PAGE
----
Cellars have been debating the problems surrounding cork closures for many years. As a result, various alternative products have been devised.

Despite these alternative products, cork closures in different guises are still being used in all wine countries and cork suppliers have also launched innovative actions to improve their products. As a product, screwcaps have been subject to ongoing evaluation.

The first international screwcap symposium was held in New Zealand towards the end of 2004. At this symposium it was mentioned that certain countries, especially France, Italy and the USA, were reluctant to use screwcaps for their wines. New Zealand and Australia on the other hand were among the first countries who saw merit in the use thereof. Since screwcaps ensure the retention of more carbon dioxide in young wines, cellars should take care not to bottle wines with excessively high levels of carbon dioxide in this way (Hawkes, 2005).

One of the most important reasons for concern about bottle closures is the variations that occur among the same type of closure. Although this is a common phenomenon among cork closures, it occurs with other closures as well. This is especially true with regard to the oxygen permeability of bottle closures. Excessive exposure to oxygen via the bottle closure may result in accelerated maturation, whereas limited exposure to oxygen may result in a reductive character in the wines (Phillips, 2005).

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The bottling of wines with screwcaps prevents cork spoilage, ensures constant and prolonged maturation, requires lower sulphur dioxide qualities at the time of bottling and it is also easier to open such bottles. Screwcaps have been used for many years. Aluminium closures, better known as ROTE (Roll-on-tamper-evident) and ROPP (Roll-on-pilfer-proof), were introduced as early as 1960. Already in 1933 researchers developed the most important liners for screwcaps. Well-known cellars such as Gallo have been using screwcaps for more than 30 years. However, the success of screwcaps is determined mainly by the suppliers, the integrity of the glass bottles and the application of the closure to the bottle.

There are various suppliers of screwcaps throughout the world and by complying with quality management systems such as ISO 9000 and HACCP and regulatory prescriptions, the suppliers’ integrity is largely ensured. The use of the correct closure lining is extremely important mainly to restrict the oxygen permeability. Compared to natural and synthetic corks, screwcaps have the lowest oxygen permeability by far.

All screwcaps are not compatible with all glass bottles and vice versa. It is of critical importance for the neck diameter of the bottle to be compatible with the closure and capping machine. One of the problems in this regard is that bottle and closure suppliers do not communicate well with each other. Before and during bottling different inspections must take place to ensure successful bottle closure. Screwcaps are usually supplied in carton containers and care must be taken that neither the containers nor the plastic bags in which they are packed, are damaged. Damaged cartons may result in the distortion of closures and open bags may cause dust and other undesirable matter to end up in the wine. Care should be taken that the bottles to be used have the correct neck specifications.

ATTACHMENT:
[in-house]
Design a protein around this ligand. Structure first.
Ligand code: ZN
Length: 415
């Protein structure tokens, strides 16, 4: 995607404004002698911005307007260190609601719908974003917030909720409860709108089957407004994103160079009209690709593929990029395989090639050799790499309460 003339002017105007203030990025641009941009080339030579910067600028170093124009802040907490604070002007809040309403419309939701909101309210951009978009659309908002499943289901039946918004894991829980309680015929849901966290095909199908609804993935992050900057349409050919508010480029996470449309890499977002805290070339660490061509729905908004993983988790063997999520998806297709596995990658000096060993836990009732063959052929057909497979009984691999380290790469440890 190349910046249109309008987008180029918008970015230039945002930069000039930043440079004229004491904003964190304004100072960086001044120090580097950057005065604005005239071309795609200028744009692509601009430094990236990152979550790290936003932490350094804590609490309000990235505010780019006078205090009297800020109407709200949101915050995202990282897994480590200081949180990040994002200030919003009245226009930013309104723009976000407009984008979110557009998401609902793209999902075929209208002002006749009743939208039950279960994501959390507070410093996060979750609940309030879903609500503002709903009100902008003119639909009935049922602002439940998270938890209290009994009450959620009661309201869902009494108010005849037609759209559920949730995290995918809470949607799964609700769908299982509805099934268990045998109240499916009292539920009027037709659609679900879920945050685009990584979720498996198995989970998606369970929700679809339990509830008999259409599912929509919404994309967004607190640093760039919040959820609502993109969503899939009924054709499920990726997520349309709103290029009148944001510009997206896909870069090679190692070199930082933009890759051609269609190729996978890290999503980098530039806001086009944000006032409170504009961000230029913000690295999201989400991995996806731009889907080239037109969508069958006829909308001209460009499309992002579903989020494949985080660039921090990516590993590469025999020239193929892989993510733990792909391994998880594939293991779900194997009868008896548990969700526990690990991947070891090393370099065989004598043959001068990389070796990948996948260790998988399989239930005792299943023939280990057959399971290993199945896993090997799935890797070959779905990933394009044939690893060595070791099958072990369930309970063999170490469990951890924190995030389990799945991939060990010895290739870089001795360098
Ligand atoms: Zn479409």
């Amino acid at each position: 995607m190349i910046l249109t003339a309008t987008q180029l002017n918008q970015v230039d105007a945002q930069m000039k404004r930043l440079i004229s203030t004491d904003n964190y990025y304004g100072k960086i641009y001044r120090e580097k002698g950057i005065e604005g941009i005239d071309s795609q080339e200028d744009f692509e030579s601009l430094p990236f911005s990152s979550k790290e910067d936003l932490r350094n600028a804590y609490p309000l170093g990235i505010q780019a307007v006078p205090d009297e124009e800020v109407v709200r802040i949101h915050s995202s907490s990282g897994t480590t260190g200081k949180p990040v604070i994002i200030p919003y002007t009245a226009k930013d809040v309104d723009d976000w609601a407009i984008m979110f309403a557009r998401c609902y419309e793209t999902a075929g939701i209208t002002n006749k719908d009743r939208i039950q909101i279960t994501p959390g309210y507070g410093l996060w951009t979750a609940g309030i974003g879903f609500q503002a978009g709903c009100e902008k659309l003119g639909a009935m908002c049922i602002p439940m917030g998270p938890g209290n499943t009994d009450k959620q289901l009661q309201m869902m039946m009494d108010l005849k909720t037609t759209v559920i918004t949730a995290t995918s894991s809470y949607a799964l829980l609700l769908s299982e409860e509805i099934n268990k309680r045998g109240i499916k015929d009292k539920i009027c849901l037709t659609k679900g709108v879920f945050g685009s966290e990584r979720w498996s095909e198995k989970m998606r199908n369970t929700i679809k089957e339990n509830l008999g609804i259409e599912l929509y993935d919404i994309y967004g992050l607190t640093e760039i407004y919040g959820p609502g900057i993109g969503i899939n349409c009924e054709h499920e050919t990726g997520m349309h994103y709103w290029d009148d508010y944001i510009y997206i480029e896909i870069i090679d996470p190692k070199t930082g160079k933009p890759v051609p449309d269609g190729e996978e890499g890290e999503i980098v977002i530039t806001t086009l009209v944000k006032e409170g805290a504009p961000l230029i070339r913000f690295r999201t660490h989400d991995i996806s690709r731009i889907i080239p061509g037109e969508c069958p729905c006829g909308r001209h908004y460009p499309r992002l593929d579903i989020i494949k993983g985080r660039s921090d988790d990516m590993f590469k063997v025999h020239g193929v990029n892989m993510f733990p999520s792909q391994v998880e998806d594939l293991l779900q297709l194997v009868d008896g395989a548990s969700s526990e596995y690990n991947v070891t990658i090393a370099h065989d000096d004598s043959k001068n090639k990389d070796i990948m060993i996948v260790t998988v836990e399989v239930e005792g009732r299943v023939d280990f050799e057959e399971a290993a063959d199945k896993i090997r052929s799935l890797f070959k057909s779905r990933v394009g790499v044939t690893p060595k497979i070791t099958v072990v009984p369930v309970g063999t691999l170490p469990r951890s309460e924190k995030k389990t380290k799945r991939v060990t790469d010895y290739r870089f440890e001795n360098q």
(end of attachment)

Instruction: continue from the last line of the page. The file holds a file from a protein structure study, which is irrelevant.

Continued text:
Alignment of the equipment that twists the screwcap onto the bottle, is critical. The application of the screwcap is a complex process and users must ensure that it is employed correctly. The fill height for bottles with screwcaps is extremely important to normalise the pressure in the bottle on the one hand, and to limit oxygen exposure on the other hand. In general 2% of the wine volume in the bottle was used as a safe calculation for the fill height. The possible uptake of oxygen is determined by the fill space and permeability by the screwcap. The former may be limited by using carbon dioxide, nitrogen gas or liquid oxygen to displace the oxygen. After bottling, cartons should not be stacked higher than three pallets, to limit unnecessary pressure on the screwcaps. Most suppliers of screwcaps also recommend that the torque required to remove a screwcap be tested regularly. It is equally important to test the tightness of the seal regularly (Work, 2005).

New Zealand can undoubtedly be regarded as the birthplace and home of screwcaps for wines. In less than 4 years it became the standard bottle closure for wine. Local critics of screwcaps contended that wines with such a closure display more sulphury flavours, while other panels claimed the exact opposite. It is not commonly known that screwcaps also allow oxygen to come into contact with the wine, although this occurs to a considerably lesser extent than with natural cork (Tudor, 2005).

Advocates of screwcaps contend that the elimination of cork taint and unpredictable oxidation in wines that were thus bottled, has made screwcaps the standard closure for wines against which all other closures should be measured (Jalfon, 2005).


Hawkes, G. 2005. The Screwcap Initiative. Vineyard & Winery Management. July/August 2005: 44 – 50.
Jalfon, J. 2005. Screwcap pioneer poses questions. Australian & New Zealand Grapegrower & Winemaker. March 2005: 82.
Phillips, C. 2005. The Science of Closures. Wine Business Monthly. September 2005: 16 – 23.
Tudor, P. 2005. Is This The Closure For Your Wine- Wine Business Monthly. July 2005: 16 – 24.
Work, H. 2005. Bottling Under Screwcaps. Quality control issues for premium wines. Practical Winery and Vineyard 27 (3): 33 – 48.

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